1/7/2005 - World Commodity Forecasts Food Feedstuffs and Beverages -Stocks of oilseeds will be rising strongly in 2004/05, especially in theUS, where carryover stocks of soybean are estimated at 12.5m tonnes--theirhighest since 1985/86.
Soybean prices will decline throughout 2005 and into 2006
These high stocks will serve to depress soybean prices and will weigh onthe whole vegoils complex. We expect soybean prices to decline in 2005 and2006.
The price of soybean oil will also decline in 2005 and 2006, if lessheavily than that of soybeans. Palm oil prices are also likely to beweaker over the same period as stocks increase: we expect palm oil to fallby about 12% in 2004 and 5% in 2005.
Sunflowerseed oil will remain at a premium to soybean oil
Sunflowerseed oil is likely to remain in short supply, and will continueto trade at a premium to soybean oil, particularly during the first halfof 2005. In 2005 as a whole, sunflowerseed oil will be affected by theweaker tone in oil prices generally. Our prediction of the average priceof sunflowerseed oil for 2005 is US$697/tonne compared with US$684/tonneduring 2004.
The strength of rapeseed prices during the fourth quarter of 2004 wassurprising: stocks of rapeseed and rapeseed oil are quite high. Over the2004/05 season as a whole, stocks look likely to increase, although not tothe levels seen in 2002/03. We expect rapeseed oil prices to share thegeneral decline but maintain a substantial premium to soybean oil duringthe rest of 2004/05. A further good crop in 2005/06 would lead rapeseedoil prices to move much closer to soybean oil.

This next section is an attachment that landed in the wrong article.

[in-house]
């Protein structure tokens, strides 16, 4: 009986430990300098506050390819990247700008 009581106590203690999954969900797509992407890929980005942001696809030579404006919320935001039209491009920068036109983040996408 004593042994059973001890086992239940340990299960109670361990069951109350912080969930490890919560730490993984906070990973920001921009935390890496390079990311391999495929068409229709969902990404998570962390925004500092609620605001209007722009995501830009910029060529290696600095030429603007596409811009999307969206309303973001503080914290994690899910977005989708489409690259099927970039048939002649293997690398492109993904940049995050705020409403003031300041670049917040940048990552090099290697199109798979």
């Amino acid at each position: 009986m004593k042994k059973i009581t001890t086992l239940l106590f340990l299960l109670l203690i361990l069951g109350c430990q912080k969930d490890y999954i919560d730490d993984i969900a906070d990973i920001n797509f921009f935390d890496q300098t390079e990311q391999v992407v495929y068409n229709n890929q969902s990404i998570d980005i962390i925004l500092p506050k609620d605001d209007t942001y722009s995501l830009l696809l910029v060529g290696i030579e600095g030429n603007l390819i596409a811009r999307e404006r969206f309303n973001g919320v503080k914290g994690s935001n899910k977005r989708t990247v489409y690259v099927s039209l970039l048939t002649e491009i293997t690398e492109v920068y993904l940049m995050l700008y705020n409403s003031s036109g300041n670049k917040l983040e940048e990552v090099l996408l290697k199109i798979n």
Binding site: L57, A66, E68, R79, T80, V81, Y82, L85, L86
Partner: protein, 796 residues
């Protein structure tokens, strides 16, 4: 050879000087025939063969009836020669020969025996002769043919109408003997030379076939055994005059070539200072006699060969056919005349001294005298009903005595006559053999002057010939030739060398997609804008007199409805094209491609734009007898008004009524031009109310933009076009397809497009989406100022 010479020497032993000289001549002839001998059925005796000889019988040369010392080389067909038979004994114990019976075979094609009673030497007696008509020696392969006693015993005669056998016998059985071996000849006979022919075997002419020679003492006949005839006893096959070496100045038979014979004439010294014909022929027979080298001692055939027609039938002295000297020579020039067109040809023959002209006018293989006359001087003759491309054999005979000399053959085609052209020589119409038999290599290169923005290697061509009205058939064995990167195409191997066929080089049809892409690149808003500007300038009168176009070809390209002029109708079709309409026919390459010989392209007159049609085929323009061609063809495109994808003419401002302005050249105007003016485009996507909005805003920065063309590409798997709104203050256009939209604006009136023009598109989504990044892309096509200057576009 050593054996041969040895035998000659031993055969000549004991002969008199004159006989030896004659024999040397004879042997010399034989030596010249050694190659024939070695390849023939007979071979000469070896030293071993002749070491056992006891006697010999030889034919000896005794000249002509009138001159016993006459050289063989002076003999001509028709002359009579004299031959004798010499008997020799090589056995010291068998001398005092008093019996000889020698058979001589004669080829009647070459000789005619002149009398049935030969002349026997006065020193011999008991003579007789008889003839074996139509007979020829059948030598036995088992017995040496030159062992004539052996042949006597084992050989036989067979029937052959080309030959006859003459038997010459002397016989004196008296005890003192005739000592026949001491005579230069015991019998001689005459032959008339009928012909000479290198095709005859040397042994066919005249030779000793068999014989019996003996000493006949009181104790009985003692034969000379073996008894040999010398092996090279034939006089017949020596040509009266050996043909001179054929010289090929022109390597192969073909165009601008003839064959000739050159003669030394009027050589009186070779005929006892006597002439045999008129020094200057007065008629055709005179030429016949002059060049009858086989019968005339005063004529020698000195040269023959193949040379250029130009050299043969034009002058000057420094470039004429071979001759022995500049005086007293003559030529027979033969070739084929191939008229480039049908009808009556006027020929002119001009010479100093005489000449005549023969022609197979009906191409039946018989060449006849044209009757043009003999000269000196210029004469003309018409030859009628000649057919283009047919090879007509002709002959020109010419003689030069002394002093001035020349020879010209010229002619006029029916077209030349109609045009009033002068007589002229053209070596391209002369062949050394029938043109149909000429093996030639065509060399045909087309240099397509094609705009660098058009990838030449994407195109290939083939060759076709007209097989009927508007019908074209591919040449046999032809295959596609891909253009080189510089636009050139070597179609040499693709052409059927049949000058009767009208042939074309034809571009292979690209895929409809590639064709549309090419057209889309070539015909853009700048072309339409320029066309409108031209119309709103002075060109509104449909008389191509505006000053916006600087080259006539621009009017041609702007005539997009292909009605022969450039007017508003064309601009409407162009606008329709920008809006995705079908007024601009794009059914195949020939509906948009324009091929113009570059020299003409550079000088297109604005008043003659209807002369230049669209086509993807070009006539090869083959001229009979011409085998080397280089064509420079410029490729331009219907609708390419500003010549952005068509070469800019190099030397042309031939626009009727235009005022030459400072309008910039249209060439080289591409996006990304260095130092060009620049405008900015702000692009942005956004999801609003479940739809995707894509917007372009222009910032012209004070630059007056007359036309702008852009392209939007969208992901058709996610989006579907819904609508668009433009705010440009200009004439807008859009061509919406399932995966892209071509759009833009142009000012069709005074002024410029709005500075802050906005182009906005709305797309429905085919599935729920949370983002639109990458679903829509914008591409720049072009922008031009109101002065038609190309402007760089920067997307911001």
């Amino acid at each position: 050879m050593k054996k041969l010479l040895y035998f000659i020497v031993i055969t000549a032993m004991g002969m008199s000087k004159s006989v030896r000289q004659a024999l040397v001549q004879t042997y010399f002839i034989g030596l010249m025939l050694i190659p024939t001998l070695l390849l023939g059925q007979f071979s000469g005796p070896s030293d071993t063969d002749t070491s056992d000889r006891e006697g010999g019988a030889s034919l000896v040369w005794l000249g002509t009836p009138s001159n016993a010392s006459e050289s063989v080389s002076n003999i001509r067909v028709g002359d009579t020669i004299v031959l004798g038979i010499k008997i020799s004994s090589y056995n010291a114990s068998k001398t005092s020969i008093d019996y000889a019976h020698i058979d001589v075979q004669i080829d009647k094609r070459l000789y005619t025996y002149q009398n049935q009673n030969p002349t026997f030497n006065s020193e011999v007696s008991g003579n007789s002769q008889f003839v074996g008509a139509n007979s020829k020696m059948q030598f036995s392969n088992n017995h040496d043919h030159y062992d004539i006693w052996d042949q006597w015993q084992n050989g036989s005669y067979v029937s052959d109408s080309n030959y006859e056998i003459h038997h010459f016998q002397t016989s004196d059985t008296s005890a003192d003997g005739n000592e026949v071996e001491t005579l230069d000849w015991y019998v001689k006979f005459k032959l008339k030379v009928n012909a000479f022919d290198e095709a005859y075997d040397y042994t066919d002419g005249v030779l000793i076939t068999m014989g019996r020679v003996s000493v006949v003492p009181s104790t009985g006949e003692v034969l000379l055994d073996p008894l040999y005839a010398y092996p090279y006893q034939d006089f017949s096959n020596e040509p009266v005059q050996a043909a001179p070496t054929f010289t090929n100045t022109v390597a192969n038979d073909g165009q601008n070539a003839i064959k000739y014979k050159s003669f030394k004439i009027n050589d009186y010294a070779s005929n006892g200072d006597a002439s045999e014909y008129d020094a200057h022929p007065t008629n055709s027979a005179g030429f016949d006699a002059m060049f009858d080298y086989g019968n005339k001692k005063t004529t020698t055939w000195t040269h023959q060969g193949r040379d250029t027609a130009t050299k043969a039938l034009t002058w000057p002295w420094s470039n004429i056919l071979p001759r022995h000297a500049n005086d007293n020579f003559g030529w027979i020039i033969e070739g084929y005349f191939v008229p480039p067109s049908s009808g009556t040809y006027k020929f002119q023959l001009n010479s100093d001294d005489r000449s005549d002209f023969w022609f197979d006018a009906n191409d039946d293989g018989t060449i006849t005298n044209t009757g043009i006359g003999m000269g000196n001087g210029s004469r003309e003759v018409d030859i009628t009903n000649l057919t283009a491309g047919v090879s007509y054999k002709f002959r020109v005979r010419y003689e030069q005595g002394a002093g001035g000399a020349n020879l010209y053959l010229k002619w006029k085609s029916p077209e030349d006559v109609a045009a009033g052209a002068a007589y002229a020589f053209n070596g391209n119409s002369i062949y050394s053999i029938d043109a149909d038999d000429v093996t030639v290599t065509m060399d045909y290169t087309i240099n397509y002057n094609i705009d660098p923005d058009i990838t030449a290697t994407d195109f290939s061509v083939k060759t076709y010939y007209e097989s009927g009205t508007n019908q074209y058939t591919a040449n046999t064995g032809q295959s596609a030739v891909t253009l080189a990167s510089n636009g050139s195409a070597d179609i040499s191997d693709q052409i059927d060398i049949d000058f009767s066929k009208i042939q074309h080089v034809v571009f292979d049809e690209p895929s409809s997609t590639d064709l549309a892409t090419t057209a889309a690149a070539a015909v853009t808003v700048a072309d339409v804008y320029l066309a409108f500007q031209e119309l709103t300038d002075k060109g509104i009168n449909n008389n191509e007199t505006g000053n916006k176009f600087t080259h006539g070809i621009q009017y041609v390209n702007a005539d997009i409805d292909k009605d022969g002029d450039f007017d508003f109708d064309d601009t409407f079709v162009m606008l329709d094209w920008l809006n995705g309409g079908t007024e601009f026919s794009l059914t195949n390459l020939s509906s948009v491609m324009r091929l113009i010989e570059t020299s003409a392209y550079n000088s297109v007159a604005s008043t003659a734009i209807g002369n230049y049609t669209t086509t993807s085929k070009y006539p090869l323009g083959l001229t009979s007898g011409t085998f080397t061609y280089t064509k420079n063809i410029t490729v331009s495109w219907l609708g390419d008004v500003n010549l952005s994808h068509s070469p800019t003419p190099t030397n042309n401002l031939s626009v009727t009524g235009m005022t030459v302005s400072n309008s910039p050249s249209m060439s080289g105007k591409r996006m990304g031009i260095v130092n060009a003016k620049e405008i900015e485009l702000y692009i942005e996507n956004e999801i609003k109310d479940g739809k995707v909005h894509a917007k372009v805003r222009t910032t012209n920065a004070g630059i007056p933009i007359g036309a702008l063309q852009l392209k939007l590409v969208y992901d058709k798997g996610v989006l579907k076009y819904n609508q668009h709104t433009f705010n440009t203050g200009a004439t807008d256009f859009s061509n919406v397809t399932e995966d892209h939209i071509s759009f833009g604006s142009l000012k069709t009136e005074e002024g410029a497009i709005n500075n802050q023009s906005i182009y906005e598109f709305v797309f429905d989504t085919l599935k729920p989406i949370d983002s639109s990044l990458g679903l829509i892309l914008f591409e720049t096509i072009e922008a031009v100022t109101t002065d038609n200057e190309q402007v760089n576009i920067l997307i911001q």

The price of coconut oil during the fourth quarter of 2004 was unchanged,but palm kernel oil rose. We expect little change in prices for the nexttwo quarters, when higher demand will return stocks to more normal levels.However, from mid-2005 onwards, lauric oil prices are likely to decline,especially if the recovery in copra output in the Philippines accelerates.During 2005, both coconut and palm kernel oils are expected to averagearound $630/tonne compared with $661/tonne and $648/tonne respectivelyduring 2004.
The price of soybean meal has fallen, in line with our expectations, andnow stands some 35% below the peak recorded in the second quarter of 2004.Further price falls are in prospect although not on the same scale. Ourcurrent forecasts suggest that soybean meal prices could fall to around$190/tonne by the end of 2005 and fall further during 2006. The improveddemand prospects in many important consuming countries have to a degreeoffset the raised soybean production estimates.